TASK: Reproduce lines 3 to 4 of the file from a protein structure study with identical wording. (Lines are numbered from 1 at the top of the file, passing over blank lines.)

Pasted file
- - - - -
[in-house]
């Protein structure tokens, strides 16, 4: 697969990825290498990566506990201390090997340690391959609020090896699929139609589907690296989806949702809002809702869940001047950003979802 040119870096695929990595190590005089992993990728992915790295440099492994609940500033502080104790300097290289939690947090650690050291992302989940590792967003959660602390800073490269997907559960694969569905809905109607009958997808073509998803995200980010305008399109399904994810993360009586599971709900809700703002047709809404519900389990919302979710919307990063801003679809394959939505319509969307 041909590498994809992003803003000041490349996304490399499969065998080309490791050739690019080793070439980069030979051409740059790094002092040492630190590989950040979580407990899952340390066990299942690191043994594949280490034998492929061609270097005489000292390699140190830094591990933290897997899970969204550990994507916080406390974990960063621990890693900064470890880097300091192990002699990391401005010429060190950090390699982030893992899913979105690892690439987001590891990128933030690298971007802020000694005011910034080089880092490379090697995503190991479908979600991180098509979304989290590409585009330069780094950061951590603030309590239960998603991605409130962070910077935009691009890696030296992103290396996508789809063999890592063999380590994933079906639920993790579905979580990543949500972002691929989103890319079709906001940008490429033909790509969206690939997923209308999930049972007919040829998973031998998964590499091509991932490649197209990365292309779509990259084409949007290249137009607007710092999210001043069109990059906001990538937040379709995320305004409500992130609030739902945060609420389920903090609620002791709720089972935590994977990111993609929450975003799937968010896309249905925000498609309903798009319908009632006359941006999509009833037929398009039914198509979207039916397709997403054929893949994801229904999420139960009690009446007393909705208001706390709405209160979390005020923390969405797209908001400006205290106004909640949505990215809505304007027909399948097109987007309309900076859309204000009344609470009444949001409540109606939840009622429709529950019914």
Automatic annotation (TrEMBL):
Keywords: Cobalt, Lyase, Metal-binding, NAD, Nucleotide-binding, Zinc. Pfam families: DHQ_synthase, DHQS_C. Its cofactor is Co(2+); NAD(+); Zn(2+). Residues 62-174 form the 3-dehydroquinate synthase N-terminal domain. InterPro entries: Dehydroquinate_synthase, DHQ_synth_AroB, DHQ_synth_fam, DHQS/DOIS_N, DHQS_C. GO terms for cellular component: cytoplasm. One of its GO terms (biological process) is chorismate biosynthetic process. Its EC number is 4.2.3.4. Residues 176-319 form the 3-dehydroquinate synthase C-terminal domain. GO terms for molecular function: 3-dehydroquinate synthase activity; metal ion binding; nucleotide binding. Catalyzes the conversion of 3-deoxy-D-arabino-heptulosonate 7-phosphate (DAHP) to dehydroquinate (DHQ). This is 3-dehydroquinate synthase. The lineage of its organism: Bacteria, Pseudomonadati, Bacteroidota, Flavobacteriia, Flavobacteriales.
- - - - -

Automatic annotation (TrEMBL):
Keywords: Cobalt, Lyase, Metal-binding, NAD, Nucleotide-binding, Zinc. Pfam families: DHQ_synthase, DHQS_C. Its cofactor is Co(2+); NAD(+); Zn(2+). Residues 62-174 form the 3-dehydroquinate synthase N-terminal domain. InterPro entries: Dehydroquinate_synthase, DHQ_synth_AroB, DHQ_synth_fam, DHQS/DOIS_N, DHQS_C. GO terms for cellular component: cytoplasm. One of its GO terms (biological process) is chorismate biosynthetic process. Its EC number is 4.2.3.4. Residues 176-319 form the 3-dehydroquinate synthase C-terminal domain. GO terms for molecular function: 3-dehydroquinate synthase activity; metal ion binding; nucleotide binding. Catalyzes the conversion of 3-deoxy-D-arabino-heptulosonate 7-phosphate (DAHP) to dehydroquinate (DHQ). This is 3-dehydroquinate synthase. The lineage of its organism: Bacteria, Pseudomonadati, Bacteroidota, Flavobacteriia, Flavobacteriales.